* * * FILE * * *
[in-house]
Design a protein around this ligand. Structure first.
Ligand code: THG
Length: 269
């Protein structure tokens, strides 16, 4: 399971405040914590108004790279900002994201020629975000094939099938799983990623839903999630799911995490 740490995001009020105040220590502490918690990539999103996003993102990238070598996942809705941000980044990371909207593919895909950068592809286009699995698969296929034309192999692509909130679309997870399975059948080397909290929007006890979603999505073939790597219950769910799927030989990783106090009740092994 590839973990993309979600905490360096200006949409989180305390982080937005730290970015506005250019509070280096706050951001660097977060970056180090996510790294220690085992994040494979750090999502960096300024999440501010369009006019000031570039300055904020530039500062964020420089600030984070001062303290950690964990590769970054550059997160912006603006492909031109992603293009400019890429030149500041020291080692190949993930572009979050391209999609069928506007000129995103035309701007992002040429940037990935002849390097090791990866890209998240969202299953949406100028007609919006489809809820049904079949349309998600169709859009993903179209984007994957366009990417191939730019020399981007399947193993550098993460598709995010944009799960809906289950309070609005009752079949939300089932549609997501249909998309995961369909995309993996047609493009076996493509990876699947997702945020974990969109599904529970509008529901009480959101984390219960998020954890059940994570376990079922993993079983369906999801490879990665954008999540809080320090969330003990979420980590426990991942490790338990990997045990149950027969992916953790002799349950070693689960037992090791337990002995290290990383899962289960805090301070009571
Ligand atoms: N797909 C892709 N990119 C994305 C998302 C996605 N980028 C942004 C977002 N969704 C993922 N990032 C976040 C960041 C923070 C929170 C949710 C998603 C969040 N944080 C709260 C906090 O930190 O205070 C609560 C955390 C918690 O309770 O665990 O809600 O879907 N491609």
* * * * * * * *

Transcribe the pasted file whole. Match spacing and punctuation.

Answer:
[in-house]
Design a protein around this ligand. Structure first.
Ligand code: THG
Length: 269
């Protein structure tokens, strides 16, 4: 399971405040914590108004790279900002994201020629975000094939099938799983990623839903999630799911995490 740490995001009020105040220590502490918690990539999103996003993102990238070598996942809705941000980044990371909207593919895909950068592809286009699995698969296929034309192999692509909130679309997870399975059948080397909290929007006890979603999505073939790597219950769910799927030989990783106090009740092994 590839973990993309979600905490360096200006949409989180305390982080937005730290970015506005250019509070280096706050951001660097977060970056180090996510790294220690085992994040494979750090999502960096300024999440501010369009006019000031570039300055904020530039500062964020420089600030984070001062303290950690964990590769970054550059997160912006603006492909031109992603293009400019890429030149500041020291080692190949993930572009979050391209999609069928506007000129995103035309701007992002040429940037990935002849390097090791990866890209998240969202299953949406100028007609919006489809809820049904079949349309998600169709859009993903179209984007994957366009990417191939730019020399981007399947193993550098993460598709995010944009799960809906289950309070609005009752079949939300089932549609997501249909998309995961369909995309993996047609493009076996493509990876699947997702945020974990969109599904529970509008529901009480959101984390219960998020954890059940994570376990079922993993079983369906999801490879990665954008999540809080320090969330003990979420980590426990991942490790338990990997045990149950027969992916953790002799349950070693689960037992090791337990002995290290990383899962289960805090301070009571
Ligand atoms: N797909 C892709 N990119 C994305 C998302 C996605 N980028 C942004 C977002 N969704 C993922 N990032 C976040 C960041 C923070 C929170 C949710 C998603 C969040 N944080 C709260 C906090 O930190 O205070 C609560 C955390 C918690 O309770 O665990 O809600 O879907 N491609």